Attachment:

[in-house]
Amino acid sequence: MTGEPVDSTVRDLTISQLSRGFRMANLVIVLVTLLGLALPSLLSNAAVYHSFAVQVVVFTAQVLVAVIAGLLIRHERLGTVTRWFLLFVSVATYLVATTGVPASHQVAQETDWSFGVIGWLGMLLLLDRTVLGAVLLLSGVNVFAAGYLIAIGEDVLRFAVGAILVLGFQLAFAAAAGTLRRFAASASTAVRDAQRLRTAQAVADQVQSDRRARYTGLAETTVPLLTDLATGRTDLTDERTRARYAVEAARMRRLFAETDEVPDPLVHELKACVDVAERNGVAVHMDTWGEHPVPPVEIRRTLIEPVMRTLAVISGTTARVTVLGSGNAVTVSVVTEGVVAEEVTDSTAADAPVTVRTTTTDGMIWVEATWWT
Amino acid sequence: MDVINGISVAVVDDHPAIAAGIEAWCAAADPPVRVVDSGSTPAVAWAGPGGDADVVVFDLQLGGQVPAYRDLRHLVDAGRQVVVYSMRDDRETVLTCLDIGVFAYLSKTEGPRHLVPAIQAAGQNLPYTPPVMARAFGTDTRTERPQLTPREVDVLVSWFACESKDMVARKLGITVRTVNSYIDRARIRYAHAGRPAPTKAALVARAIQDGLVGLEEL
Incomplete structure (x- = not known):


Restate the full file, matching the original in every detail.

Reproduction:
[in-house]
Amino acid sequence: MTGEPVDSTVRDLTISQLSRGFRMANLVIVLVTLLGLALPSLLSNAAVYHSFAVQVVVFTAQVLVAVIAGLLIRHERLGTVTRWFLLFVSVATYLVATTGVPASHQVAQETDWSFGVIGWLGMLLLLDRTVLGAVLLLSGVNVFAAGYLIAIGEDVLRFAVGAILVLGFQLAFAAAAGTLRRFAASASTAVRDAQRLRTAQAVADQVQSDRRARYTGLAETTVPLLTDLATGRTDLTDERTRARYAVEAARMRRLFAETDEVPDPLVHELKACVDVAERNGVAVHMDTWGEHPVPPVEIRRTLIEPVMRTLAVISGTTARVTVLGSGNAVTVSVVTEGVVAEEVTDSTAADAPVTVRTTTTDGMIWVEATWWT
Amino acid sequence: MDVINGISVAVVDDHPAIAAGIEAWCAAADPPVRVVDSGSTPAVAWAGPGGDADVVVFDLQLGGQVPAYRDLRHLVDAGRQVVVYSMRDDRETVLTCLDIGVFAYLSKTEGPRHLVPAIQAAGQNLPYTPPVMARAFGTDTRTERPQLTPREVDVLVSWFACESKDMVARKLGITVRTVNSYIDRARIRYAHAGRPAPTKAALVARAIQDGLVGLEEL
Incomplete structure (x- = not known):